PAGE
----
Africa’s aviation authorities have acknowledged there is a shortage of qualified personnel on the continent, after a study revealed the global need for pilots and maintenance staff will reach 1.0 million in the next 20 years (BuaNews, 27-Jul-2011). A study by the International Civil Aviation Organisation (ICAO) East & Southern African Office stated that Africa needs to train about 1500 aviation operators, 600 aircraft maintenance personnel and 4000 airport operators urgently. Currently 67% of training centres in Africa have less than 10 instructors, while only four institutions have a staff number over 40 instructors. Delegates at the Pan-African Civil Aviation Training Organisation conference decided to adopt criteria on how to recognise qualifications and establish a Centre of Excellence board to combat the problem.
Africa acknowledges aviation professional shortage
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Europe's aviation strike spike could signal a cyclical peak - with downturn to follow
One swallow does not make a spring and nor does a rash of aviation strike news guarantee a turning point for the aviation industry. But the signs are ominous. In the month of Jun-2016 (to 20-Jun-2016), there have been 136 articles on CAPA's website mentioning the word 'strike'. This compares with 81 for the first 20 days of Jun-2015. For 2016 so far (1-Jan-2016 to 20-Jun-2016), the 's' word has occurred in 594 articles – about 20% more than in the same period in each of the past two years. If this rate continues, 2016 could be the biggest year for strike-related articles since before the global financial crisis.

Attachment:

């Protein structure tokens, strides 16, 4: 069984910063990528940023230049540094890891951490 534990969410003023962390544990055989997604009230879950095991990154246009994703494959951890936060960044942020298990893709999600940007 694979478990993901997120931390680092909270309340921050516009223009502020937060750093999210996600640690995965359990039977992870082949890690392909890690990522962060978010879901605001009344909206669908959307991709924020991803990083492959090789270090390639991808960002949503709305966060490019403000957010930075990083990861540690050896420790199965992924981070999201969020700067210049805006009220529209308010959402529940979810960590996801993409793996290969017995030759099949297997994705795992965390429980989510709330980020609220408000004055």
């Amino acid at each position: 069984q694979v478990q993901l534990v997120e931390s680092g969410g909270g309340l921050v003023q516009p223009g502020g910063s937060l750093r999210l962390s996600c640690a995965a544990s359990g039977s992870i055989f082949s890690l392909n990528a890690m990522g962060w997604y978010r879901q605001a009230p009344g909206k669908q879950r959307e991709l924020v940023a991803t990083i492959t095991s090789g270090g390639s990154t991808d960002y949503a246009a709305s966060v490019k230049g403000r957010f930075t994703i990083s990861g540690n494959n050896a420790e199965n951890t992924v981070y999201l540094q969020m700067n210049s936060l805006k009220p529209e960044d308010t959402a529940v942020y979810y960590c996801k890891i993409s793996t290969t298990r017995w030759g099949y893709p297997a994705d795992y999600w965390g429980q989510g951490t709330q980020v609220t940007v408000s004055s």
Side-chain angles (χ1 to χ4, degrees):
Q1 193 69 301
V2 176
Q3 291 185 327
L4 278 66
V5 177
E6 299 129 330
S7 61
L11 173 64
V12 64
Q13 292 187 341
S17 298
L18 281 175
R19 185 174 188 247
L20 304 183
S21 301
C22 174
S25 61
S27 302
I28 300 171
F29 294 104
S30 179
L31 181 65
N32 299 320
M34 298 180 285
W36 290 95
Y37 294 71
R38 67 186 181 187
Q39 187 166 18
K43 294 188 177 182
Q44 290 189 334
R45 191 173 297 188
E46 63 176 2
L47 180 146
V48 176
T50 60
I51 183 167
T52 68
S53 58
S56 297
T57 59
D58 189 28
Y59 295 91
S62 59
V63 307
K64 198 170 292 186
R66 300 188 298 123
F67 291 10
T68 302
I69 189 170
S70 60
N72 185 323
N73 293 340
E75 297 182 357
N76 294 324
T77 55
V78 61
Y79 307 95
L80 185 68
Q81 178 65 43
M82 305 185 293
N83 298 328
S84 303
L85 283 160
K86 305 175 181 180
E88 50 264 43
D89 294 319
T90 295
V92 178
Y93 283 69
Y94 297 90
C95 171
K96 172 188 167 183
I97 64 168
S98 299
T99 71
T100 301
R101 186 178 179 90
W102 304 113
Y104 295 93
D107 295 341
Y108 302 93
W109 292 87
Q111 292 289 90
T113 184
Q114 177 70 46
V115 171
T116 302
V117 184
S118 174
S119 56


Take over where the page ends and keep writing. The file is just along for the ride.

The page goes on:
The vast majority of the Jun-2016 articles – 80% – relate to Europe. A significant source is air traffic control disputes, particularly French ATC. There have also been strikes and/or strike threats involving airport workers and ground handlers. Among European airlines, Air France has generated the most coverage for its ongoing dispute with its pilots, and it may also face a cabin crew strike. Lufthansa has not yet faced a strike by its employees this year, but has not yet reached new agreements with pilots or cabin crew after industrial action last year.
History tells us that labour's demands grow as profits rise. The apparent increase in industrial action this year could be a signal of an approaching peak in the airline profit cycle. There are other causes of unrest, such as impending French labour legislation, but the correlation reflects some history.